A community’s purchase of a pub has left one of those involved “full of confidence” about its “positive future”.
The Hollybush, in Brown Edge, has been subject to a potential takeover by residents who wanted to save it from being developed for housing.
Brown Edge parish councillor Peter Turner, secretary of the Buy the Bush Steering Group, explained that a not-for-profit community interest company (CIC) has been set up to “purchase and develop” the premises into a hub “for the village, by the village”.
He explained: “The concept is that people lend the money to the pub and those are the people that have the say on how the pub operates in the future.
“The parish council is not involved in the purchase of the Hollybush pub itself. We’re setting up a community company and that will be purchasing it.”
He said the steering group had visited seven or eight community pubs to see for themselves how they are run and it “filled them full of confidence.”
Coun Turner added: “It’s positive, we’re very positive about its future. We believe we’re going to raise the funds although we’re not clear how much we’ll need but we’ll know within the month.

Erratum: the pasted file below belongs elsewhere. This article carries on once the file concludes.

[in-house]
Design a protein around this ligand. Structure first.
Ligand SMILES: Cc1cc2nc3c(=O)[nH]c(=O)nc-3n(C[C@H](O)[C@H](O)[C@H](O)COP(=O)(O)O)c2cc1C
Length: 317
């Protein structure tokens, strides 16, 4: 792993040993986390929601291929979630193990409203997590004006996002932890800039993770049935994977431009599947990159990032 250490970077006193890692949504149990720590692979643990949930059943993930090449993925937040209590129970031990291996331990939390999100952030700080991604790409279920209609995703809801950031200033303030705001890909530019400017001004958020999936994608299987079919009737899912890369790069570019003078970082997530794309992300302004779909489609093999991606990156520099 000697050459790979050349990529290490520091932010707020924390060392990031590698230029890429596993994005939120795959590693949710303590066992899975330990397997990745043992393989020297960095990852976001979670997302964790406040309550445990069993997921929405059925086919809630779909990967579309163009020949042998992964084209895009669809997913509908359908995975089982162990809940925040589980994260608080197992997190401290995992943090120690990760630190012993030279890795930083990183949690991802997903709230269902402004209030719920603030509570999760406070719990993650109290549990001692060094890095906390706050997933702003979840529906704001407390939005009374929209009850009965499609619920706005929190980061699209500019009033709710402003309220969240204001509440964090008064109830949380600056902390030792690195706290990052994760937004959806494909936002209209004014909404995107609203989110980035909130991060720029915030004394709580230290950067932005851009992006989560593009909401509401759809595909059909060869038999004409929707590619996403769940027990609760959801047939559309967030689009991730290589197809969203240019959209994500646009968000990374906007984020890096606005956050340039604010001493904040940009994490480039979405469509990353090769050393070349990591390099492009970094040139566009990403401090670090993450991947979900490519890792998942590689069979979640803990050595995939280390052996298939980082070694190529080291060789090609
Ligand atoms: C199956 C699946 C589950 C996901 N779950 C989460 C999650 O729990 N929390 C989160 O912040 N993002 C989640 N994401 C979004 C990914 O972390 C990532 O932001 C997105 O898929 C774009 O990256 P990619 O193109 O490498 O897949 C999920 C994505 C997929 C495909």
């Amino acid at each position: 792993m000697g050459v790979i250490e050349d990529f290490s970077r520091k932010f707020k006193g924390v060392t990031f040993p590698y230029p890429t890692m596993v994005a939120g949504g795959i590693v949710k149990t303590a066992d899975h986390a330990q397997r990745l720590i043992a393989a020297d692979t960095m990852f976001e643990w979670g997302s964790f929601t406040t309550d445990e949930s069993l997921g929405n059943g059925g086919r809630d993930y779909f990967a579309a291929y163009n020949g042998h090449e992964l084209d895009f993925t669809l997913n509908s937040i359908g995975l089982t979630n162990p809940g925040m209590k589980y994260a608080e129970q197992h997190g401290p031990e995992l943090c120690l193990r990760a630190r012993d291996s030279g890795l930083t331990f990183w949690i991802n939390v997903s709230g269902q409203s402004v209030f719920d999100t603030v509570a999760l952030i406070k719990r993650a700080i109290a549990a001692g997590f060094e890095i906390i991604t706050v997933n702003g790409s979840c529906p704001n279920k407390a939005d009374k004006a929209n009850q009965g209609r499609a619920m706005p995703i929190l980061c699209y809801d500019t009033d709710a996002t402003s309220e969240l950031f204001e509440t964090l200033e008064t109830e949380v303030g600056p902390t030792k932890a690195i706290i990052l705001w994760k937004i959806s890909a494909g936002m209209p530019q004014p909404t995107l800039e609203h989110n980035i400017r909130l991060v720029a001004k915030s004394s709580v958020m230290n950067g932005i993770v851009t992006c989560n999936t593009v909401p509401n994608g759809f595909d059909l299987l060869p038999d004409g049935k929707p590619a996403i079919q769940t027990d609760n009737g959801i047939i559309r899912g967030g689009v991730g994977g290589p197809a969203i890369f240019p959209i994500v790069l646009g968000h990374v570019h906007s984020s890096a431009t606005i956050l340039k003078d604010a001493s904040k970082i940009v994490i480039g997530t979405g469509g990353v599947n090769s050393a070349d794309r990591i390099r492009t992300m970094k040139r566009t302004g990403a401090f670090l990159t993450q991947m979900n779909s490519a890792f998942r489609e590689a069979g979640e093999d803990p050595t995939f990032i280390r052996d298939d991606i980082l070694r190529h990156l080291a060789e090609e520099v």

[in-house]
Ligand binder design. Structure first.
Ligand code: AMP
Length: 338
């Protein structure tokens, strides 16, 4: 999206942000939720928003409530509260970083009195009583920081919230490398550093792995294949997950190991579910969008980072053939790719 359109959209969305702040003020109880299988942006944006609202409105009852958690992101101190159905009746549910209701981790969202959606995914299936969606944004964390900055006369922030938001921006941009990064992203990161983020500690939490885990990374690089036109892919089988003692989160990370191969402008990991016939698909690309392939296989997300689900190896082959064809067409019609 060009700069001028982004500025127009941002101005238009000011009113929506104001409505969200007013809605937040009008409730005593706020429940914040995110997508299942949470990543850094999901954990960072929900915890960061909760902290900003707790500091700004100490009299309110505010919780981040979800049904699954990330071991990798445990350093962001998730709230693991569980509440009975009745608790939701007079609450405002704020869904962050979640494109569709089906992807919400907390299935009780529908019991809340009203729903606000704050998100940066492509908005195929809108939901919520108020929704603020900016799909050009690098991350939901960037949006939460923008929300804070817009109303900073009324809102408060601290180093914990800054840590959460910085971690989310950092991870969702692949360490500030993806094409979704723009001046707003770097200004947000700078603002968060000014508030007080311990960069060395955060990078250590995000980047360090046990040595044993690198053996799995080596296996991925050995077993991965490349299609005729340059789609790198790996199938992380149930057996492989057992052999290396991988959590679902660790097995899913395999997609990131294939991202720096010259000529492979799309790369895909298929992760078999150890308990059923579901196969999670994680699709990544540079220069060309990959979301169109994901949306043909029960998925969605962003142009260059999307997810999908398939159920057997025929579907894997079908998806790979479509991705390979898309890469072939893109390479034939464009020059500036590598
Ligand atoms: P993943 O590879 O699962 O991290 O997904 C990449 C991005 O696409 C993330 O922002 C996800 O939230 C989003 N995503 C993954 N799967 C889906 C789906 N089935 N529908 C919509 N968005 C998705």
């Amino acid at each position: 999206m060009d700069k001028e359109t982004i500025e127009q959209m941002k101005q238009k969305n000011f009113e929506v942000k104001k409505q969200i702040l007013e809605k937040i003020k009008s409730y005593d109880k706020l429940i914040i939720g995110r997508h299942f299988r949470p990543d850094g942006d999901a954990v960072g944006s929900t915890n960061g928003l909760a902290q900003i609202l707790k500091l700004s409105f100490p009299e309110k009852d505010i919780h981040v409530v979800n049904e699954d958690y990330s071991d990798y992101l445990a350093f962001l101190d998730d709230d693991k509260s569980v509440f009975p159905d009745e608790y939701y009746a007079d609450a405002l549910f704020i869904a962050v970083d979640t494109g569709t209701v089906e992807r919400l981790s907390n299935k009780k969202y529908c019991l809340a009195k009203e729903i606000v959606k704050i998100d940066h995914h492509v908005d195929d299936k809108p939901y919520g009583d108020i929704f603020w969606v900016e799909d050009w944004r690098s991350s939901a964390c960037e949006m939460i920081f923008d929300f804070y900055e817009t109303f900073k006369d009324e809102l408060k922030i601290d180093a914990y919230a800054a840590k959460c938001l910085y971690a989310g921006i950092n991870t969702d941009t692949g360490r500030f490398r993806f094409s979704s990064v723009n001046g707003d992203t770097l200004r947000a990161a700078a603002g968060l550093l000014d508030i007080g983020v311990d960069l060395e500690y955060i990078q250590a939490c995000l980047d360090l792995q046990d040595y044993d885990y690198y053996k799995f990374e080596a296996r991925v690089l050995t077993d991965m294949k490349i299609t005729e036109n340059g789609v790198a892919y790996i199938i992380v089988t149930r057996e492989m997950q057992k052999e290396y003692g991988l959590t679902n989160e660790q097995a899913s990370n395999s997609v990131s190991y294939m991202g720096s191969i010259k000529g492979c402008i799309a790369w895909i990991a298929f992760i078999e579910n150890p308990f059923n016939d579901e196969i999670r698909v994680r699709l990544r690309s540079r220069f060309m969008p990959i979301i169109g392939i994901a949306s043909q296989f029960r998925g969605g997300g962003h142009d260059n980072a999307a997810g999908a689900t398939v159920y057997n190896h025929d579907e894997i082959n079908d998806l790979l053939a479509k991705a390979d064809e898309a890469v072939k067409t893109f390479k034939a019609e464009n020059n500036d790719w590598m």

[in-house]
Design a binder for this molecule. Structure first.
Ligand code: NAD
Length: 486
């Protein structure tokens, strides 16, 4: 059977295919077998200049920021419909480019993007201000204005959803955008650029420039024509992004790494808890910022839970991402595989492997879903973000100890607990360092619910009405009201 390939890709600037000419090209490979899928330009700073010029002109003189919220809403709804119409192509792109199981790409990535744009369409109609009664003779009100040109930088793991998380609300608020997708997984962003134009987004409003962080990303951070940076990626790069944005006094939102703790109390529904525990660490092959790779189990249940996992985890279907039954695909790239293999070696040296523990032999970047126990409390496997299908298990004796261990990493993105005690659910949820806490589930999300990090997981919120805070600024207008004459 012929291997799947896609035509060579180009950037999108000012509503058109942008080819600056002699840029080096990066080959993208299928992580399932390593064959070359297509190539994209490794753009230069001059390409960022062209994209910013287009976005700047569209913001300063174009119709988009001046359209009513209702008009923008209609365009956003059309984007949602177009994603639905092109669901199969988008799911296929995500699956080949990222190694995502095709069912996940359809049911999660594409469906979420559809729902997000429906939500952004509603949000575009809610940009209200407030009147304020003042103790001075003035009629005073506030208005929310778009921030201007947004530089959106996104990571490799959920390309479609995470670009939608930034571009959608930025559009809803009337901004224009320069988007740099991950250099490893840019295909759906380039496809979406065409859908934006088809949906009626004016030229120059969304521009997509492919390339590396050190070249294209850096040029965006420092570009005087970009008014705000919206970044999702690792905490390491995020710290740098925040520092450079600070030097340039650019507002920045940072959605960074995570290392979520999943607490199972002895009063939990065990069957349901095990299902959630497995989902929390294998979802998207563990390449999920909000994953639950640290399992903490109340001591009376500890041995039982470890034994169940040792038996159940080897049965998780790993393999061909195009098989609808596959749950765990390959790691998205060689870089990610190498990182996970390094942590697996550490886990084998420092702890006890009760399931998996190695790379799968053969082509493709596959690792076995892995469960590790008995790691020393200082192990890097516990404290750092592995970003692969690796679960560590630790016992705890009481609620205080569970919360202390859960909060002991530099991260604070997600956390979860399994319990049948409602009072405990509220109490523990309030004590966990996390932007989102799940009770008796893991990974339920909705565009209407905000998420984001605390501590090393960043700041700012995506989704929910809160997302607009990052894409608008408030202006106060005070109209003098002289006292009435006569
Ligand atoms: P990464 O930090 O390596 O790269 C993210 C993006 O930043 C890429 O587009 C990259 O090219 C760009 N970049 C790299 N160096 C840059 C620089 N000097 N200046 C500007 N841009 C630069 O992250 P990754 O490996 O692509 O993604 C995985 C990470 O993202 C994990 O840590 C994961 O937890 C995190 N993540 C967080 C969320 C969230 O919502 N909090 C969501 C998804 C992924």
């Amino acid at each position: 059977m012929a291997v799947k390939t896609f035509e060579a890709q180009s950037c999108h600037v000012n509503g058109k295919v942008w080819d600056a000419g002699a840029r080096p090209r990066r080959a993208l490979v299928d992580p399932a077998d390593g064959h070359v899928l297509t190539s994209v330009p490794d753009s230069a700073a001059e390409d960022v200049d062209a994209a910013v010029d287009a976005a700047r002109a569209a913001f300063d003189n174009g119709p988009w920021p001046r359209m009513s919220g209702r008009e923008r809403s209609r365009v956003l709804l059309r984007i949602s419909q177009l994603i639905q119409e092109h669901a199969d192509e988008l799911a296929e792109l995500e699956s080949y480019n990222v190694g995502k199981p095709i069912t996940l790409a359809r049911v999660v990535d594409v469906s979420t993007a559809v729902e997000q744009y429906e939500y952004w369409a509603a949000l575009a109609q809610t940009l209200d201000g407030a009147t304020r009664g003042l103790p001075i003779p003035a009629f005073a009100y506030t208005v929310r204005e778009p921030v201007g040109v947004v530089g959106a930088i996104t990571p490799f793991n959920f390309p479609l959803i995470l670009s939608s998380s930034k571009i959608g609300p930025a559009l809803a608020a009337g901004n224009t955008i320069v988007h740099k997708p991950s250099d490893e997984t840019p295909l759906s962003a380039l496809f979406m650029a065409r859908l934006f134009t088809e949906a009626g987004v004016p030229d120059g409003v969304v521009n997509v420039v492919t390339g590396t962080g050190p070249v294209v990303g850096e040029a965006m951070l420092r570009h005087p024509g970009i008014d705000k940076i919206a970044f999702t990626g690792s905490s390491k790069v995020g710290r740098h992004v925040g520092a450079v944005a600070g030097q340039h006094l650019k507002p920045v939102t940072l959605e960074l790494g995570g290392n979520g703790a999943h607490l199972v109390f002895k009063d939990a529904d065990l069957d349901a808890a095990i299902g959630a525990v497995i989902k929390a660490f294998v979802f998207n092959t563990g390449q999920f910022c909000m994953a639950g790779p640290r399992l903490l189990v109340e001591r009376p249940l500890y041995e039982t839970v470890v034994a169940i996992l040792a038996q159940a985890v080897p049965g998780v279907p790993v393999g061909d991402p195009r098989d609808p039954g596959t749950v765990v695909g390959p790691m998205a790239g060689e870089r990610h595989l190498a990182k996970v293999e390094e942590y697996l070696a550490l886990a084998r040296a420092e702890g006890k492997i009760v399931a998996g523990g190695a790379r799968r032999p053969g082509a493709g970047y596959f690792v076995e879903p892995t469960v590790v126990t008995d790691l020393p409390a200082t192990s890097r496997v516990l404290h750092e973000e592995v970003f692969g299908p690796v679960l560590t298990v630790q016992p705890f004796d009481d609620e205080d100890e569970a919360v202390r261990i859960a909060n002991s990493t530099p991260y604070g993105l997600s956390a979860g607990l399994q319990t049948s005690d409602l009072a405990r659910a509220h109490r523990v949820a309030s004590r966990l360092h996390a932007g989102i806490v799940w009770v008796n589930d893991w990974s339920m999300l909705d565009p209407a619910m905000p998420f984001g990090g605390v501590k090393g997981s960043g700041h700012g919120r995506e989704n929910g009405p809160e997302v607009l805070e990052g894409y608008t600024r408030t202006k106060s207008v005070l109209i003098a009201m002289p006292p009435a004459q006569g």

“The pub is already open and there won’t be any change in the tenancy. All we’re doing is securing it so it’s not sold by anyone, because it was closed in the past and it had been up for purchase to be demolished.
“Thankfully the tenants stepped in and opened the pub up, which the community itself is very grateful for. Now, the worst thing that could happen is that the rent goes up and pushes them out of business.”
Residents can become members of the newly-formed Brown Edge Hollybush Community Interest Company by loaning money in blocks of £500 to the group. Members will be permitted to one vote per loan bond at company meetings.
Brown Edge Parish Council has already purchased the car park for £175,000 to spare it from the “high chance” of development.
Parish clerk Denise Wheat said: “We want to encourage the community to get involved, although we’re not involved in the next stage.
“The car park was part of the process because it would have been sold to developers for housing.
“The community wanted to retain the pub. We had a number of people from the community tell us that they didn’t want the area to be developed by housing developers, and there was a high chance of that happening.”